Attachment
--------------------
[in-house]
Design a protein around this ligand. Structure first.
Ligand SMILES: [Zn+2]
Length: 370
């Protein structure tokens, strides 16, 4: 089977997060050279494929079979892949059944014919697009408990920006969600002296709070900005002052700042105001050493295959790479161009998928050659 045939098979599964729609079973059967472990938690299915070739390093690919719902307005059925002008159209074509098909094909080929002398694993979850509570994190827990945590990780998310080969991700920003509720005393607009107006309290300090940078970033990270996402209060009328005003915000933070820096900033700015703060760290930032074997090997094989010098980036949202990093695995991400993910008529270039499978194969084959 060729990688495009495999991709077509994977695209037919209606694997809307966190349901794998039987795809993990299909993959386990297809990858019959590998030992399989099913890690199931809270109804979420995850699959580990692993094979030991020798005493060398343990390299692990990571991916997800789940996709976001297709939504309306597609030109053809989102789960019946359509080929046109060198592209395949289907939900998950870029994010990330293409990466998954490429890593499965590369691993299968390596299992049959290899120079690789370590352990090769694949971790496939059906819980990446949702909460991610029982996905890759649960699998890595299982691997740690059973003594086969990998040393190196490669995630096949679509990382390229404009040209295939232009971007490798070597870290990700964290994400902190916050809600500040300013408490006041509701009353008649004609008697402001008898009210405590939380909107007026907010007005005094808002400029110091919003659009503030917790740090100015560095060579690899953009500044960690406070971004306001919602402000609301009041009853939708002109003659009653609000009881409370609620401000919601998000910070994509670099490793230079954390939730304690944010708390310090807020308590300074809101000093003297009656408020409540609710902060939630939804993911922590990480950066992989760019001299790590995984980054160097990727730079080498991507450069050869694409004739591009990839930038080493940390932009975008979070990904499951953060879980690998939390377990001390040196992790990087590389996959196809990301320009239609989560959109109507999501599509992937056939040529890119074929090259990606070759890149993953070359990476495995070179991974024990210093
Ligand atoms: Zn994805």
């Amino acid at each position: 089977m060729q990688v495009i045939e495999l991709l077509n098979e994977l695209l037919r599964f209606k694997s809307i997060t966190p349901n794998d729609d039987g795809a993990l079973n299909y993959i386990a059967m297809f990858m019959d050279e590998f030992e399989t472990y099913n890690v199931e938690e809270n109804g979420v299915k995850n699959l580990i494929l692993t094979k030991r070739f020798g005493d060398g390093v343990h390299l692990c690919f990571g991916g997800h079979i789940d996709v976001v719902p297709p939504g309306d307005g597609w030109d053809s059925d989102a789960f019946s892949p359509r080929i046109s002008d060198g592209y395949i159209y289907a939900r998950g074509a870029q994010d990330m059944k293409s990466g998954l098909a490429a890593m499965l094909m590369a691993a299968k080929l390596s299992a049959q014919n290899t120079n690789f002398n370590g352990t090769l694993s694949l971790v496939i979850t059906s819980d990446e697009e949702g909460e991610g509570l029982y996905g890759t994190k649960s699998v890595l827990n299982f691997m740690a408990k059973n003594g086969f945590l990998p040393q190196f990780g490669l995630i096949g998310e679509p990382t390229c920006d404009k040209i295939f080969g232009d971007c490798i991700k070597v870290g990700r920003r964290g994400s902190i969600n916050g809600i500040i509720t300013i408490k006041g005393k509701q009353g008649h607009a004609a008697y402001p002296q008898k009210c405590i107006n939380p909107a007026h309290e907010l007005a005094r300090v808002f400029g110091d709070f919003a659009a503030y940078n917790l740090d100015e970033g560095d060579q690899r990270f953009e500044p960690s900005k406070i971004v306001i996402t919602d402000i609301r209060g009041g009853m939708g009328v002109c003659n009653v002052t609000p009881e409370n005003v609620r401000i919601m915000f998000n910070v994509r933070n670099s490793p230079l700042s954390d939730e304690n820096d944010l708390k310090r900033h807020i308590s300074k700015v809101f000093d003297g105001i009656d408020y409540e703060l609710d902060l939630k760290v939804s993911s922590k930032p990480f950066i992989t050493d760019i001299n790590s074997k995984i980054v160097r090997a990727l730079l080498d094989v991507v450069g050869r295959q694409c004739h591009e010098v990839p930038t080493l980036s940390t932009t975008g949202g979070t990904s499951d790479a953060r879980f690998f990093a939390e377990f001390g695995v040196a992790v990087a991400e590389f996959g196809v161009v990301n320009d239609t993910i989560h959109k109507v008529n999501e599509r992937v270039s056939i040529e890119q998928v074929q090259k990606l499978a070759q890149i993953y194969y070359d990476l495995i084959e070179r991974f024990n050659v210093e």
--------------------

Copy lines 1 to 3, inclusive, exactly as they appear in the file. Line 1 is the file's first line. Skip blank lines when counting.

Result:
[in-house]
Design a protein around this ligand. Structure first.
Ligand SMILES: [Zn+2]